Digital Healthcare, Augmented Reality, Machine Learning, Cloud Computing and more! Andreas Jakl is a professor @ St. Pölten University of Applied Sciences, Microsoft MVP for Windows Development and Amazon AWS Educate Cloud Ambassador & Community Builder.
Currently, Facebook’s Spark AR Studio is restrictive with supported audio formats. Unfortunately, only M4A with specific settings is allowed. This short tutorial is a guidance on how to convert artificially generated neural voices (in this case coming from an mp3 file as produced by Amazon Polly) to the m4a format accepted by Spark AR. I’m using the free Audiacity tool, which integrates the open-source FFmpeg plug-in.
Neither Amazon Polly nor the Microsoft Azure Text-to-Speech cognitive service can directly produce an m4a audio file. In its additional settings, Polly offers MP3, OGG, PCM and Speech Marks. MP3 goes up to a sample rate of 24000 Hz, PCM is limited to 16000 Hz.
In a recent research project, we researched possibilities for interactive storytelling, usability, and interaction methods of an Augmented Reality app for patient education. We developed an ARCore app with Unity that helps patients with strabismus to better understand the processes of examinations and eye surgeries. Afterwards, we performed a 2-phase evaluation with a total of 24 test subjects.
Low health literacy is a well-known and serious issue. 1 in 5 American adults lack skills to fully understand implications of processes related to their health . Audio and computer-aided instructions can be helpful. Especially spoken instructions lead to a higher rate of understanding . A smartphone app that combines multiple approaches can therefore provide great benefits.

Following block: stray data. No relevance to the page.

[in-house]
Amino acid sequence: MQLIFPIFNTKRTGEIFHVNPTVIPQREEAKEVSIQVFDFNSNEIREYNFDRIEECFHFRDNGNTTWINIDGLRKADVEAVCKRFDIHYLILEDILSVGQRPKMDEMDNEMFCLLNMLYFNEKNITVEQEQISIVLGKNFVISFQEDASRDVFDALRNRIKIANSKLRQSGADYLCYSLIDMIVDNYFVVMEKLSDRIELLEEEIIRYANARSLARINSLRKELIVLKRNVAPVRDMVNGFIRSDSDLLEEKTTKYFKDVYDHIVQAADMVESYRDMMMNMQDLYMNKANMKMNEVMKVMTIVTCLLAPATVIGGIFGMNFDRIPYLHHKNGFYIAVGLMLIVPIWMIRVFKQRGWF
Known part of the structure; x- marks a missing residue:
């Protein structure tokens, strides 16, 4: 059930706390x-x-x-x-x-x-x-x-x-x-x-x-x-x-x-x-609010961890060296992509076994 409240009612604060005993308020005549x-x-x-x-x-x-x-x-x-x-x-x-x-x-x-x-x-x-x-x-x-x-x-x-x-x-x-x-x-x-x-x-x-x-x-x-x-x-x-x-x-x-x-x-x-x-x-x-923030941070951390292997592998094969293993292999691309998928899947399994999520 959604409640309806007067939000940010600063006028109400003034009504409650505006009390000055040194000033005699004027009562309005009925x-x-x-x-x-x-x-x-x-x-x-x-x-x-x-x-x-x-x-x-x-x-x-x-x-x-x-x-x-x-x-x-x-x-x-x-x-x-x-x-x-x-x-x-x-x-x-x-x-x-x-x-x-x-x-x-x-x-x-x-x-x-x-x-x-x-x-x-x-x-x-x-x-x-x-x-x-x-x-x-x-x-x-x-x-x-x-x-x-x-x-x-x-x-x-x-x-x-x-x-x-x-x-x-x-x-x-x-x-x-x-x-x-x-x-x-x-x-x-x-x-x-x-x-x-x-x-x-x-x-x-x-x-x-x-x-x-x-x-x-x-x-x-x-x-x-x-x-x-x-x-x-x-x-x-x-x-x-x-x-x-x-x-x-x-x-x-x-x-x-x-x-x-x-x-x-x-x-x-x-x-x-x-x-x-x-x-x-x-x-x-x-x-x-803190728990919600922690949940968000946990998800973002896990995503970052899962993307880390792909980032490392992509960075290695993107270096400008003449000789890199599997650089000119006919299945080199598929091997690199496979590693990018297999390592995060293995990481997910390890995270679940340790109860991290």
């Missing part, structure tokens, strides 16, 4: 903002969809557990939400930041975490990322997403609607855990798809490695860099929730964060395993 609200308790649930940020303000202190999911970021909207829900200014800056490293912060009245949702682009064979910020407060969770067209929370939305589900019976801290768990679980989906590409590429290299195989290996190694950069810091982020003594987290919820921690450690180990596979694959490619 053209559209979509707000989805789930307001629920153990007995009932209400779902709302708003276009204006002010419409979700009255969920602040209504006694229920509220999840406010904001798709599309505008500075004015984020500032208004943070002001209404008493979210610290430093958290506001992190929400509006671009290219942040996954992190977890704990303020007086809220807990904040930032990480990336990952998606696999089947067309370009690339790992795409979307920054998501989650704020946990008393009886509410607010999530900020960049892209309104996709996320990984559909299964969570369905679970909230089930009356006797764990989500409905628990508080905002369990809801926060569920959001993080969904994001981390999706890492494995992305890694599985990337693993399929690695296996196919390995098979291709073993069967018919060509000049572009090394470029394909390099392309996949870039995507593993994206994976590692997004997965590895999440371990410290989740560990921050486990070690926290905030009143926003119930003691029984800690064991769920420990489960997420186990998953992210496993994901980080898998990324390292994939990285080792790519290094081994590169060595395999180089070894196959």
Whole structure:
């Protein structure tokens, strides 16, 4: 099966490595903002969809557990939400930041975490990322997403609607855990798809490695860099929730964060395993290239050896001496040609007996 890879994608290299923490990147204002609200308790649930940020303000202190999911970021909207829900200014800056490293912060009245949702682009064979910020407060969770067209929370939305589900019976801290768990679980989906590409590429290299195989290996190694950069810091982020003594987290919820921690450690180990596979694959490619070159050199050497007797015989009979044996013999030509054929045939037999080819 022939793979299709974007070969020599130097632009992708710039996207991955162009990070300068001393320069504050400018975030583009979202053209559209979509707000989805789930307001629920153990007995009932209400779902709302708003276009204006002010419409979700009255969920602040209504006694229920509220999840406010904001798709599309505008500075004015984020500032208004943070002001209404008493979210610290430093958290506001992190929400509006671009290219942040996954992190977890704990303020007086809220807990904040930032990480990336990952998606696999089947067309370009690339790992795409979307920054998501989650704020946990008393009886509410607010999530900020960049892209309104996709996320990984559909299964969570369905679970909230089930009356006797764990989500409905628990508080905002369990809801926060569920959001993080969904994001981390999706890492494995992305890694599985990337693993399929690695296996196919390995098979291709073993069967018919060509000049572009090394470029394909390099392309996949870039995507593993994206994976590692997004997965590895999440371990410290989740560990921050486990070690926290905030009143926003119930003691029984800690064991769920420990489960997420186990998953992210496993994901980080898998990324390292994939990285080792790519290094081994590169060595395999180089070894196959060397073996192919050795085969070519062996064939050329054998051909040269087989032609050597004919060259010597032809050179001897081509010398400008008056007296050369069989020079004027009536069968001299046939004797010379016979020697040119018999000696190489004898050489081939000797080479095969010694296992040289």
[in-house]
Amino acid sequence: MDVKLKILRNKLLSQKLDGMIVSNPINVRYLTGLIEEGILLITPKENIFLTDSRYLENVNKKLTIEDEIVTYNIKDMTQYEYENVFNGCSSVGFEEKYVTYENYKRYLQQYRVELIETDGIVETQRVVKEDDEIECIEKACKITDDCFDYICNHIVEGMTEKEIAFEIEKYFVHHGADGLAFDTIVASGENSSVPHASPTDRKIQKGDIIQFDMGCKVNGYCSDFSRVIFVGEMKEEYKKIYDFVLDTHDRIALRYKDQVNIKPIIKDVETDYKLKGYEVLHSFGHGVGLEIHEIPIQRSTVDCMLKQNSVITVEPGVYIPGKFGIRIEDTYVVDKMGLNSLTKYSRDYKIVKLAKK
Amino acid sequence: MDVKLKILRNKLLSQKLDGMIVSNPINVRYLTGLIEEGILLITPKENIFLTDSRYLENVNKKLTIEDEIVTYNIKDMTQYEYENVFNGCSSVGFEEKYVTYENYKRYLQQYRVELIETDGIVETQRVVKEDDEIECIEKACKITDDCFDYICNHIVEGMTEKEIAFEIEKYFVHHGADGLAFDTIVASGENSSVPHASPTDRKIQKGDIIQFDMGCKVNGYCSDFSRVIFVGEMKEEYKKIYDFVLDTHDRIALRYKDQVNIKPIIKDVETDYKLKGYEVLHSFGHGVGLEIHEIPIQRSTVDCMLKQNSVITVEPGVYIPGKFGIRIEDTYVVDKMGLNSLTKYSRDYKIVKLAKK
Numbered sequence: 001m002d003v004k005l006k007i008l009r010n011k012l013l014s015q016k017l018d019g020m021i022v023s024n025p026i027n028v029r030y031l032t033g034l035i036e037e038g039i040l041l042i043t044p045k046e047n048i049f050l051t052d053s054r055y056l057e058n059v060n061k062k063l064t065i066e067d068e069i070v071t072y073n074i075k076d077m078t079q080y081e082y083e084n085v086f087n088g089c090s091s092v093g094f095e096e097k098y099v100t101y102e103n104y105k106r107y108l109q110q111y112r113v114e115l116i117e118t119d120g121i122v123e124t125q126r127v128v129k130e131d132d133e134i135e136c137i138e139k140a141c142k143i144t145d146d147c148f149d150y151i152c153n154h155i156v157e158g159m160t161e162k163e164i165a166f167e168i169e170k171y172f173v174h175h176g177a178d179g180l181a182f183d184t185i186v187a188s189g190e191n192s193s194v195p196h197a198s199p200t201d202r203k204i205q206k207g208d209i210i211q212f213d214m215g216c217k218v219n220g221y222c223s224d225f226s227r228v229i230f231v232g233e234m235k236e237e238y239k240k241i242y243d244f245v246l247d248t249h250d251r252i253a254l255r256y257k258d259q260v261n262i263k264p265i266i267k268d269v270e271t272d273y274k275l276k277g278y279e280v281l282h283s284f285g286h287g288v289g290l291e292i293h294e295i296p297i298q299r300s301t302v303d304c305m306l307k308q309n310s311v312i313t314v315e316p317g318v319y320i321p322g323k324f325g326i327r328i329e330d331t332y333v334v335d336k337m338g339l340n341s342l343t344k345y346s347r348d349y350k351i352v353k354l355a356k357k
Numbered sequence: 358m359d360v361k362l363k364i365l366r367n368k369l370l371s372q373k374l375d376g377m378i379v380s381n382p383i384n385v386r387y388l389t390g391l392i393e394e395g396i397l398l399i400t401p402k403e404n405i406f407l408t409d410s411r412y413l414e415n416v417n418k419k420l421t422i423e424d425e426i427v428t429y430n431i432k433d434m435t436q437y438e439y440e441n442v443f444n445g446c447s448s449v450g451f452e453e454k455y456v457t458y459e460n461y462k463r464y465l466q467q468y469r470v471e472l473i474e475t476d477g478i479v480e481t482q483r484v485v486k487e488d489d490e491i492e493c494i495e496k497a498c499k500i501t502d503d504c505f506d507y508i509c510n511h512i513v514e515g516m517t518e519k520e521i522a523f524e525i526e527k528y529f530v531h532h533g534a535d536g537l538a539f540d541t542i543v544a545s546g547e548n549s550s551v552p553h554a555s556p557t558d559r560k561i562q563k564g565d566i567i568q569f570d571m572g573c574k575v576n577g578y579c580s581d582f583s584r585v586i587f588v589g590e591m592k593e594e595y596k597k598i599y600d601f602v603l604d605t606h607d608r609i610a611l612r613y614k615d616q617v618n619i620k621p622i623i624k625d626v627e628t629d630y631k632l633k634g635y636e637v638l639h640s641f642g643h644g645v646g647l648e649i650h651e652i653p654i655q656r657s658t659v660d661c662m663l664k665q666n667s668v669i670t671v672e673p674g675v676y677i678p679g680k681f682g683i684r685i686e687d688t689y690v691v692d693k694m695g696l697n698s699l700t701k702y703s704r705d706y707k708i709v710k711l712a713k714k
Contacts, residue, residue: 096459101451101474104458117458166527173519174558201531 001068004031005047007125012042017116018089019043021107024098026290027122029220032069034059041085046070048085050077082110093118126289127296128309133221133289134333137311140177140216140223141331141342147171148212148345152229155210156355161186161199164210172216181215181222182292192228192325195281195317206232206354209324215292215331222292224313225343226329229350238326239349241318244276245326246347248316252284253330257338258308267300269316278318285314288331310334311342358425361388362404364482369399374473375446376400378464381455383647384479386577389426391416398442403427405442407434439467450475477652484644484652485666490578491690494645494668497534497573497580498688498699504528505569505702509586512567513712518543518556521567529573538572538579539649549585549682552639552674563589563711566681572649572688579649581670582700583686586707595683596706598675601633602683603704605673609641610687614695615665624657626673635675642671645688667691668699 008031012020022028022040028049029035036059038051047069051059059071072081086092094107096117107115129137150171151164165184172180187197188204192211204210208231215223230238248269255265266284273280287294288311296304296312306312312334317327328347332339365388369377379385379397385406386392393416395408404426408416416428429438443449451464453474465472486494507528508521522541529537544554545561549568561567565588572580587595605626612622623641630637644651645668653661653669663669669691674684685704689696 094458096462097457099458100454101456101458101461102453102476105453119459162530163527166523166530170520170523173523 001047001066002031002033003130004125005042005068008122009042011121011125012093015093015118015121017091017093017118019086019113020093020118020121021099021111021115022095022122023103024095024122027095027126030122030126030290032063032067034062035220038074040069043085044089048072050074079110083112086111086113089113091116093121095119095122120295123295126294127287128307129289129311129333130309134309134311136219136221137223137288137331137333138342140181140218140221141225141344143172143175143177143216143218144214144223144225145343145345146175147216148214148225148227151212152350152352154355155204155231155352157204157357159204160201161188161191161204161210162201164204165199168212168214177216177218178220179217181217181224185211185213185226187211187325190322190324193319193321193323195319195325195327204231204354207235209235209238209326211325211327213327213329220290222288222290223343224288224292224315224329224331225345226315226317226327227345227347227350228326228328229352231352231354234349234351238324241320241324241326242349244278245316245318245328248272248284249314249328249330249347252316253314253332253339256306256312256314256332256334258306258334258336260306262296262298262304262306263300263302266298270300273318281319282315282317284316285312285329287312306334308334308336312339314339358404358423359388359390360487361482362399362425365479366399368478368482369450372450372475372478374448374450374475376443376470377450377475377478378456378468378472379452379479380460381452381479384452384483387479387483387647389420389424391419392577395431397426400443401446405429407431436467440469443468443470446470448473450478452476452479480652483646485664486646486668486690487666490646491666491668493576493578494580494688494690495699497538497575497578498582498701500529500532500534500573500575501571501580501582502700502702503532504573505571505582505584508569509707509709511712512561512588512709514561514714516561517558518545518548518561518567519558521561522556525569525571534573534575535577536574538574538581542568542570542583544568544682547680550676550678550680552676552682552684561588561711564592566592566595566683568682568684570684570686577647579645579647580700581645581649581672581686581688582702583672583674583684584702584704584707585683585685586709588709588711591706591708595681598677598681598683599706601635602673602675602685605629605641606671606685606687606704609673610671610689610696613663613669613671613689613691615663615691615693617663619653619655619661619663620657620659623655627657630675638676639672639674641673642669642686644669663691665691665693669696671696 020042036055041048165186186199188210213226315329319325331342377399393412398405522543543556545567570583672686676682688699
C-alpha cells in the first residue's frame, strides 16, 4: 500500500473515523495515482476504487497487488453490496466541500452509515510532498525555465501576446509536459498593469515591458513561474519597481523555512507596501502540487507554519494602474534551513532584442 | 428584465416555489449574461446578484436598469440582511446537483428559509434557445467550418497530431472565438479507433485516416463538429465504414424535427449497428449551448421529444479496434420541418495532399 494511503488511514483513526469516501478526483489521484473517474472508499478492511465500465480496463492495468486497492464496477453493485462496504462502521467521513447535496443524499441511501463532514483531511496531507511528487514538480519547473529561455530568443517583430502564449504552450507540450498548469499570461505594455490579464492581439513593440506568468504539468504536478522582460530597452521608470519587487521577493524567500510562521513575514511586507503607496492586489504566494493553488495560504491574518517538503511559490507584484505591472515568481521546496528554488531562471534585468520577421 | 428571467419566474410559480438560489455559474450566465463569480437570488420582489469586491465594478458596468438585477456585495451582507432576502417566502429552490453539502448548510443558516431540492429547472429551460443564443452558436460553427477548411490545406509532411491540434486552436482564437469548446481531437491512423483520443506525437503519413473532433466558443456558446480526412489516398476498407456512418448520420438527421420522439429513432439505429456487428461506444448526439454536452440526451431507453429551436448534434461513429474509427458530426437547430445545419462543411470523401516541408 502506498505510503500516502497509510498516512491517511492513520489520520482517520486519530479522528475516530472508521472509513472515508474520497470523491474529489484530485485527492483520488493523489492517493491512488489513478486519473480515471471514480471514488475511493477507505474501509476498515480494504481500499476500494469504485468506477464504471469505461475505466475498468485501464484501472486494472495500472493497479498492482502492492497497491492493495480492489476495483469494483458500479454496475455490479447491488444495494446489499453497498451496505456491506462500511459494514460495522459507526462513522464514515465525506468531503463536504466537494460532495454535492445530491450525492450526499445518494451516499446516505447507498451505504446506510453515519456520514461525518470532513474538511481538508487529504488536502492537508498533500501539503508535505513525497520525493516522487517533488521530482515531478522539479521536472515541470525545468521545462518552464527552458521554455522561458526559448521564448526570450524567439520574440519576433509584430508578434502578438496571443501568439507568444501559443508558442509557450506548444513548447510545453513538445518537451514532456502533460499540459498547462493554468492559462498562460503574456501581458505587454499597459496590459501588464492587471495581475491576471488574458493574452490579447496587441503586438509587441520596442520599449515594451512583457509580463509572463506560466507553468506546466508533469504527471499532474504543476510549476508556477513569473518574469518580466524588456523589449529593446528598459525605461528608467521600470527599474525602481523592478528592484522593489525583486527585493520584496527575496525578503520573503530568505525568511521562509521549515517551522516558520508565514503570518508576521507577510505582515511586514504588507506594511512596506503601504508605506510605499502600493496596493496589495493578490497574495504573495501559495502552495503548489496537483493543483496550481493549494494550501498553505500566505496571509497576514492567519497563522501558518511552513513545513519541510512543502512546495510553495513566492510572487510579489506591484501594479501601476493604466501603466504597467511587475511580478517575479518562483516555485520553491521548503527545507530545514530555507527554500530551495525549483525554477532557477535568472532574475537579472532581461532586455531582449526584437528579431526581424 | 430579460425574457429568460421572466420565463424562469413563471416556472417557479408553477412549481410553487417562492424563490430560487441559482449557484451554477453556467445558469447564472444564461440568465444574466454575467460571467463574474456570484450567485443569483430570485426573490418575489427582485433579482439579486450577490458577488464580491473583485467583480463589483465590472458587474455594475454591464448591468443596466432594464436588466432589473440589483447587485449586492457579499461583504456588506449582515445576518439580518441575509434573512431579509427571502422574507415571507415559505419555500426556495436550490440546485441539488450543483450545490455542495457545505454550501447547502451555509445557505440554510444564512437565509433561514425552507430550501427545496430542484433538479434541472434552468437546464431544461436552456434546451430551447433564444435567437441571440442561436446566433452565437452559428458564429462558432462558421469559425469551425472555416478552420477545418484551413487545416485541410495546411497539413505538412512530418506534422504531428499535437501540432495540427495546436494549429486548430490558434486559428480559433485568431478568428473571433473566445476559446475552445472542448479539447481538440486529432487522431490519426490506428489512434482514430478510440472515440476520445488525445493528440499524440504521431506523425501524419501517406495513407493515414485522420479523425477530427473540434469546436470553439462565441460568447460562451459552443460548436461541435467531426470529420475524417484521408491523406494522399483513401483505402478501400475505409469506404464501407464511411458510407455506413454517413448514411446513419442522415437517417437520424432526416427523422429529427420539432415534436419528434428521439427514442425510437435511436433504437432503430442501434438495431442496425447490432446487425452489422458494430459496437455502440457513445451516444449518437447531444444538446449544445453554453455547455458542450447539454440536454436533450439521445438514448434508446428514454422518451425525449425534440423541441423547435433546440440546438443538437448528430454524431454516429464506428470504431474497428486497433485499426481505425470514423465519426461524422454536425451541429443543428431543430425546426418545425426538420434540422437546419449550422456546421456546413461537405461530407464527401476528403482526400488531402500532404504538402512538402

We developed and evaluated a prototype Augmented Reality (AR) mobile application called Enlightening Patients with Augmented Reality (EPAR). The app is designed for patient education about strabismus and the corresponding eye surgery. It is intended to be used in addition to the doctors’ mandatory consultations.
With 2D image tracking, you can create real-life anchors. You need pre-defined markers; Google calls the system Augmented Images. Just point your phone at the image, and your app lets the 3D model immediately appear on top of it.
In the previous part of the tutorial, we wrote Unity scripts so that the user could place 3D models in the Augmented Reality world. A raycast from the smartphone’s screen hit a trackable in the real world, where we then anchored the object. However, this approach requires user interaction and a good user experience to guide users, especially if they’re new to AR.
Using 2D Image Tracking
You need to provide reference images, which your app’s users will then encounter in the real world. AR Foundation distinguishes these images and tracks their physical location.
Some usage scenarios where 2D image tracking is helpful:
In the first two parts, we set up an AR Foundation project in Unity. Next, we looked at to handle trackables in AR. Now, we’re finally ready to place virtual objects in the real world. For this, we perform a raycast and then create an anchor at the target position. How to perform this with AR Foundation? How to attach an anchor to the world or to a plane?
AR Raycast Manager
If you’d like to let the user place a virtual object in relation to a physical structure in the real world, you need to perform a raycast. You “shoot” a ray from the position of the finger tap into the perceived AR world. The raycast then tells you if and where this ray intersects with a trackable like a plane or a point cloud.